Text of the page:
Interview with Paper Studio Press Founder Jenny Taliadoros

The Paper Studio Press LogoJenny Taliadoros is the publisher and founder of Paper Studio Press. You can purchase Paper Studio Press books through Paper Doll Review (where I buy a lot of paper dolls for my collection), Amazon or the Paper Studio Press, directly. Paper Studio Press has published some of the paper doll artist greats including Tom Tierney, Marilyn Henry, David Wolfe, Jim Howard, Brenda Sneathen Mattox, Norma Lu Meehan, Judy M Johnson, Sandra Vanderpool, Eileen Rudisill Miller, Bruce Patrick Jones and Charlotte Whatley. Taliadoros is also an editor of the Paper Doll Review Magazine and Paper Doll Studio Magazine, which is the publication of the Original Paper Doll Artist’s Guild (OPDAG).

Plus, she’s really nice. 🙂

I contacted Jenny last year, around the same time I spoke to Dover Publishing. My original goal was to get this Q&A published in December, but that month turned out to be far more crazy than I intended. Plus, my visitor numbers always plummet in December and I thought this was an important post to go up when my readership was high. After all, Paper Studio Press is one of the only paper doll publishers in the United States today.

A Q&A Session With Jenny Taliadoros & Paper Studio Press

Did you play with paper dolls as a kid? And what were your favorites if you did?

Yes! I sure did. Most of my paper doll memories take place at my grandma’s house. We’d cut out paper dolls together, and in fact, she’s the one who taught me how to correctly cut paper dolls, “Keep the scissors steady in one hand while turning the paper in the other.” I had several antique fashion paper dolls that I loved and some contemporary characters of the time (1970s): “Denim Deb,” “Freckles and Sniffles,” and “The Sunshine Family.”

When did Paper Studio Press start publishing paper dolls? Roughly, how many paper doll titles are published in a year?

Classic Fairy Tales Paper Dolls in Historical Fashion by Brenda Sneathen Mattox, published by Paper Studio Press
Classic Fairy Tales Paper Dolls in Historical Fashion by Brenda Sneathen Mattox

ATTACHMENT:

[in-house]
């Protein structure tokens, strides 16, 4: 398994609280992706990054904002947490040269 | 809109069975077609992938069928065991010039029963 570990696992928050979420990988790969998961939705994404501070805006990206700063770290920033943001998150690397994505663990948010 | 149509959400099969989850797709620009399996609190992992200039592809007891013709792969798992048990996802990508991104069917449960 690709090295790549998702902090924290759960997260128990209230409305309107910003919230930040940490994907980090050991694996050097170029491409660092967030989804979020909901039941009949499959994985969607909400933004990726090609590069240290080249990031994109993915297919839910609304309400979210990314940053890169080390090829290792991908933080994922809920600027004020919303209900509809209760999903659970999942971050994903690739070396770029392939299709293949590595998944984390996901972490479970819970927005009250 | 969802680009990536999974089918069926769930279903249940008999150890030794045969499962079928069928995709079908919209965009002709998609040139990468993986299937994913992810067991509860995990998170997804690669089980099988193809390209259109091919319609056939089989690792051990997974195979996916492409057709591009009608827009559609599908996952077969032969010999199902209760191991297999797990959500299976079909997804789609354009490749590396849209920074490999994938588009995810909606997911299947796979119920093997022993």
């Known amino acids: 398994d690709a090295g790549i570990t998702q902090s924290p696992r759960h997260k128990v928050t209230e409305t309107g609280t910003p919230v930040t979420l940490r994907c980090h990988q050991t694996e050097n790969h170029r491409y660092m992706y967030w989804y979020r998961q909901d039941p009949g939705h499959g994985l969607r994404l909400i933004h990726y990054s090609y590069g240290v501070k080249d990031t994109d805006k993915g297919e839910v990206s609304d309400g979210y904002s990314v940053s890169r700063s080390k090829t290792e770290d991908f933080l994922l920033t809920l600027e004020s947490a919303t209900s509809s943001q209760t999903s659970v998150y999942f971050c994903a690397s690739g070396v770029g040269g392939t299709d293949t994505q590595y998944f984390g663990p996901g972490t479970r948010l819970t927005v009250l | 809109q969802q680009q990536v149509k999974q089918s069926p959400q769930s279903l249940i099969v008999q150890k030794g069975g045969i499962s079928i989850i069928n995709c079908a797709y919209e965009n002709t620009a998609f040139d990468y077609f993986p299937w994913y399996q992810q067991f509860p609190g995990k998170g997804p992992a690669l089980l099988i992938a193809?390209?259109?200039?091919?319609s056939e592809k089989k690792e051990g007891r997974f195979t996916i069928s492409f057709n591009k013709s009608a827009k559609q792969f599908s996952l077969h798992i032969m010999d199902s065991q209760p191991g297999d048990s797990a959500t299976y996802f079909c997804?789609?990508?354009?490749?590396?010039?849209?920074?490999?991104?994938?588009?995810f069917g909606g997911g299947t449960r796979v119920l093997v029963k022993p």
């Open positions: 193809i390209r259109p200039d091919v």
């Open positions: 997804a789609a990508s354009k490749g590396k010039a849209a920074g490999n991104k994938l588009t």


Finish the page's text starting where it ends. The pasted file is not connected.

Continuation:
I started Paper Studio Press in 2005, not only to give collectors more access to paper dolls, but to create a new avenue for paper doll artists to get their work published. Through the Paper Doll Studio magazine, which I had been publishing for OPDAG, The Original Paper Doll Artists Guild, since 1991, I was already in touch with many talented paper doll artists. So with my new publishing venture, I was thrilled to work with so many of these wonderful artists and get more of their paper doll art on the market. I publish 12-16 books a year, most are beautifully illustrated by artists of today, while some are reproductions of vintage paper doll books of the past.

How do you select which paper doll titles to publish? Has the Internet changed any of this selection process?

I try to match subjects with the strength of each artist. For example, Brenda Sneathen Mattox is a vintage fashion expert and beautifully renders antique fashions, so her titles for PSP include “The Changing Shape of Fashion,” “Love of Lace,” and “Classic Fairy Tales in Historical Fashion.”

Femme Fatales of the Film Noir Paper Dolls by David Wolfe published by Paper Studio Press
Femme Fatales of the Film Noir Paper Dolls by David Wolfe

David Wolfe, a renowned fashion illustrator and trend forecaster, is an authoritarian on classic movie stars so he’s done numerous star books such as Ava Gardner, Donna Reed, Debbie Reynolds, Veronica Lake and Doris Day. He’s also done several paper doll books, containing special collections of film costumes such as “Hollywood Goes to Paris” and “Hollywood Style of the ‘30s, ‘40s and ‘50s.

I don’t think the Internet helps me choose paper doll topics; however, it certainly helps in researching content for paper dolls!

There are very few paper doll publishers left in the United States, how do you see paper doll publishing shifting in the future?

As the population ages, I’m afraid the younger generations are not as willing to collect paper dolls, in book form anyway. With online options like Pinterest, people can create their own virtual collections of paper dolls. Also, it’s easy to find free downloadable/printable paper dolls online, making it less necessary to buy printed books. But I hope we can continue to find that niche market so we can continue publishing books for many years (if not decades) ahead.

Paper Studio Press also publishes reprints of vintage paper doll books. How do you select what vintage titles to reprint?

First and foremost, the art must be very well done and it must have an appealing cover design. The subject can range from sophisticated fashions to cute kids. The title must also clear copyright, and when doing a movie star reproduction that can be tricky. In some cases I’ve paid a licensing fee to reproduce a vintage star book. There are some grey areas in republishing and it’s important to do proper research and consult with an intellectual copyright attorney.

Can you outline the paper doll publishing process? Does Paper Studio Press accept unsolicited submissions?

COUTURE: The Many Faces of the 1920s by Jim Howard published by Paper Studio Press
COUTURE: The Many Faces of the 1920s by Jim Howard